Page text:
On the other hand, they're still so incredibly little.  Their 'owies' are magically cured by mommy kisses.  They carry their 'lovies' with them for comfort.  They laugh and dance and respond to ridiculously insane television shows like Yo Gabba Gabba and Blue's Clues.  They can't pour their own milk (without giving me a mini panic attack).  They need help getting dressed (and especially picking out clothes that remotely look good together!).  Their little hands still fit perfectly in mine, and they actually want to hold hands with their mommy.  They still call me 'mommy'.

I once heard a quote that says, "You know your children are growing up when they stop asking you where they came from and refuse to tell you where they're going."  While I fear that with the arrival of this newest little family member that we'll begin to encounter more and more questions we're not quite prepared to answer, we still have a few more years until we're living up to this quote.  I'm cherishing their innocence.  Although, I find myself experiencing both joy and disappointment as they lose a little of that innocence with each passing week, month, and year.  Gavin knowing how to read $10.00 on a sign and giving his opinion about what it means, Brynn chattering on her toy cell phone to her Grammy, Grandma Conley, or Daddy about what her day has been like, or the two of them playing pretend together like they're a mommy or daddy...all of these things will be the stories that I get to tell them about someday, when they're older, when they're trying to remember what it was like to be young and innocent so they can relate to their own children better.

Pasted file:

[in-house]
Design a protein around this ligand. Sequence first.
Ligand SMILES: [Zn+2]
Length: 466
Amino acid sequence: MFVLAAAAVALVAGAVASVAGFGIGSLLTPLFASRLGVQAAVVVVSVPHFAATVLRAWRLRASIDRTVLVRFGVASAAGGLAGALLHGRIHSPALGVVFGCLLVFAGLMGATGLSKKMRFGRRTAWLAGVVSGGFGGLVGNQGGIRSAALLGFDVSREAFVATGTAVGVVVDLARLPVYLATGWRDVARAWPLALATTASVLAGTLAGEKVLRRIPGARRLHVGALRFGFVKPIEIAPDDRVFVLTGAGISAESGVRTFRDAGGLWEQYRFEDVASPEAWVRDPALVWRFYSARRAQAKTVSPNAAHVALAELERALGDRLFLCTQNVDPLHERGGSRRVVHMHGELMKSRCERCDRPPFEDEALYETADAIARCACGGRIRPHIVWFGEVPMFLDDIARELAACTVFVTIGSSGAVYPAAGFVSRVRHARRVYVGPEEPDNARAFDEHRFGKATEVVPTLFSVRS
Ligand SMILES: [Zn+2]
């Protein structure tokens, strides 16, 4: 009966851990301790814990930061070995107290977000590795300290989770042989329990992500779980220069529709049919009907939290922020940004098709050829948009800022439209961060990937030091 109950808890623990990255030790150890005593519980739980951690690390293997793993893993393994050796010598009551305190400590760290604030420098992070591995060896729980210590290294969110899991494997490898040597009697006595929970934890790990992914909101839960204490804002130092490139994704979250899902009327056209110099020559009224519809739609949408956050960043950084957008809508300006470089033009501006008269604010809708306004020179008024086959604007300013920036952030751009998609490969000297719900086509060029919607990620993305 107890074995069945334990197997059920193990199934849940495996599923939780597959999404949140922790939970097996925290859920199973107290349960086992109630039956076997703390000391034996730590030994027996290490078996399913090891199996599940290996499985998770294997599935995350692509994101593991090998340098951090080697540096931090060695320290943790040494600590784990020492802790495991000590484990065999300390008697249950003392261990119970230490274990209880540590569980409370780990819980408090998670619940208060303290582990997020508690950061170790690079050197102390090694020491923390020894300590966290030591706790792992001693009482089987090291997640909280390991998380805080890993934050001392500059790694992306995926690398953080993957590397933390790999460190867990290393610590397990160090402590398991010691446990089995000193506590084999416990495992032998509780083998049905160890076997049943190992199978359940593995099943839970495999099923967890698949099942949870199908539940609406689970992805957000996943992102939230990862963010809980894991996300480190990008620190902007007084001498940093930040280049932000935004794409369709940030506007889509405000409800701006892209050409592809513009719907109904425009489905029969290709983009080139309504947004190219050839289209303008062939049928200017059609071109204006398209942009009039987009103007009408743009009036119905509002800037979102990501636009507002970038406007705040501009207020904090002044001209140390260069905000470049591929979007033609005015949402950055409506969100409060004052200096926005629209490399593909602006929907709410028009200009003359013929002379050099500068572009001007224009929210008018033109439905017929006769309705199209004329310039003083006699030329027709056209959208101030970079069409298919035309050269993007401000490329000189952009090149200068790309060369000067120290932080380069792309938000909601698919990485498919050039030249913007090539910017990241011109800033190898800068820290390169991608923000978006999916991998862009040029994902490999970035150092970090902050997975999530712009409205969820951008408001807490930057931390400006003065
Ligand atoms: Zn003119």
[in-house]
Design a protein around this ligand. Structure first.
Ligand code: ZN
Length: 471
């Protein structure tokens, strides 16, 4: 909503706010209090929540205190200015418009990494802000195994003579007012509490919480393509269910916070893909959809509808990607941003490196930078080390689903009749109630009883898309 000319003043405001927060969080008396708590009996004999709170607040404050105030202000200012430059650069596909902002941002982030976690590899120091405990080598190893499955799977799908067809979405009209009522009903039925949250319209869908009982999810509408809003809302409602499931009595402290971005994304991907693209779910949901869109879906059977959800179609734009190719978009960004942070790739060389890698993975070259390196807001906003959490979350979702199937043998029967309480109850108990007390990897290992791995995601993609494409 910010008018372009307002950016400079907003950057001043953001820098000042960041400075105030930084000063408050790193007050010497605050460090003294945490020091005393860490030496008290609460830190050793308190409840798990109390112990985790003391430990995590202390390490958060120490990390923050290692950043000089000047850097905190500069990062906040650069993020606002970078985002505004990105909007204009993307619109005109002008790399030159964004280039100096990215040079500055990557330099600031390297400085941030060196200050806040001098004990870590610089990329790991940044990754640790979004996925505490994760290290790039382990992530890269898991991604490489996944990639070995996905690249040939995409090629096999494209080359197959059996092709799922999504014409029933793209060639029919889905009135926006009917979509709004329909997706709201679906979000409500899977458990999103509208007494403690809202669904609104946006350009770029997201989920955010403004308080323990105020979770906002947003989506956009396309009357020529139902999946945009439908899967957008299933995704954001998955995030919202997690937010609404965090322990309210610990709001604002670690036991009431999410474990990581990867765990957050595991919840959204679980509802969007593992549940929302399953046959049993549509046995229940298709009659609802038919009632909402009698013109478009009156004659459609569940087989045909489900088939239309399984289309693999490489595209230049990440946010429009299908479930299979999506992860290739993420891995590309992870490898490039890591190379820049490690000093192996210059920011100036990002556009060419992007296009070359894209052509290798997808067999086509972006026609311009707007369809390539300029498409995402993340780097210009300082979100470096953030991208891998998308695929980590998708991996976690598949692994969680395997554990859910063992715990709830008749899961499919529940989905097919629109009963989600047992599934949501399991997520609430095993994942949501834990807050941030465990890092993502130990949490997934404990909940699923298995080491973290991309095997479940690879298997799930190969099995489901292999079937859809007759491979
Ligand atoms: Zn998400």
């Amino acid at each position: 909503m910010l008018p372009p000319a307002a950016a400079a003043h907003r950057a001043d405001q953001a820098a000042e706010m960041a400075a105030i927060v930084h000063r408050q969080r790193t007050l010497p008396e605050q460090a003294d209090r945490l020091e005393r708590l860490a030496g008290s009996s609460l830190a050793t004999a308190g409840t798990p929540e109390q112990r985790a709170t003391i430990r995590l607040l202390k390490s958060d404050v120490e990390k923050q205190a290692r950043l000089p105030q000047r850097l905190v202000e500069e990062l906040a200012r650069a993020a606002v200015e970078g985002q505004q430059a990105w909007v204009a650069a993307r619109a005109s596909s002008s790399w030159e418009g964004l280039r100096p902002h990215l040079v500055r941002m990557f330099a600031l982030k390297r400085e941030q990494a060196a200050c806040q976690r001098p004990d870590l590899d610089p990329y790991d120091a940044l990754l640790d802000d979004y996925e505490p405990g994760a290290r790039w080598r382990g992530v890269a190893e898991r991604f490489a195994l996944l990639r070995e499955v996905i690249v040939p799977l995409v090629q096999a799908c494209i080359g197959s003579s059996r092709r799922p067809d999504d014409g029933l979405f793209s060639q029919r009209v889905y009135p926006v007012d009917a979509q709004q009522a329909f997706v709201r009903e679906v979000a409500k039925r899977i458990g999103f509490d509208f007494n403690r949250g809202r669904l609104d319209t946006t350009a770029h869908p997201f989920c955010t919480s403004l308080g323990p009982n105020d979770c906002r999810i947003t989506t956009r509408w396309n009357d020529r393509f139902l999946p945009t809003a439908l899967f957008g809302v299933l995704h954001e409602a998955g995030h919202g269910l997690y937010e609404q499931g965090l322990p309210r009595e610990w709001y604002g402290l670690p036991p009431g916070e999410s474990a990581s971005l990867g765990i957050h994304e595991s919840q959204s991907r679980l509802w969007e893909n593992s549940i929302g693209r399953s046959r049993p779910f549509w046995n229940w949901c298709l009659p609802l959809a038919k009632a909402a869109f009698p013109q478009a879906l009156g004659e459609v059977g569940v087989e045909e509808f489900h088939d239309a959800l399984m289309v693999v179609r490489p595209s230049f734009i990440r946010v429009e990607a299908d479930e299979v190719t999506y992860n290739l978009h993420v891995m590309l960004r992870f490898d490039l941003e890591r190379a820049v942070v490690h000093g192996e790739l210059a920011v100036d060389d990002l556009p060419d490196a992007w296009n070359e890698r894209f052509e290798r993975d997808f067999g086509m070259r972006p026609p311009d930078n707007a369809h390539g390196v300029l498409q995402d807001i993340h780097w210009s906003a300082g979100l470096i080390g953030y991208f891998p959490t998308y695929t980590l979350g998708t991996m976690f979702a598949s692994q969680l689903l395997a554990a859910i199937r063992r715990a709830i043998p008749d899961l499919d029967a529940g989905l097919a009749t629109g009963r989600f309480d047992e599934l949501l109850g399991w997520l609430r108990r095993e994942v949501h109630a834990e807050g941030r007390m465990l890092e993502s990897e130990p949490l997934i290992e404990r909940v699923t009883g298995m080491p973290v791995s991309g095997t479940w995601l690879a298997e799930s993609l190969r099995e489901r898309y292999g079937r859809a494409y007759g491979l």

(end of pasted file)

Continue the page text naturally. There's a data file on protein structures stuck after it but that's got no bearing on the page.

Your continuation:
When did he become old enough to earn video games as rewards instead of Cheerios?

When did she become old enough to tell me to 'hold on' while she finishes her 'conversation' on her cell phone?!

He won't even acknowledge his mommy trying to document his childhood--he'll appreciate me later!

Meanwhile, this one *loves* to acknowledge the camera!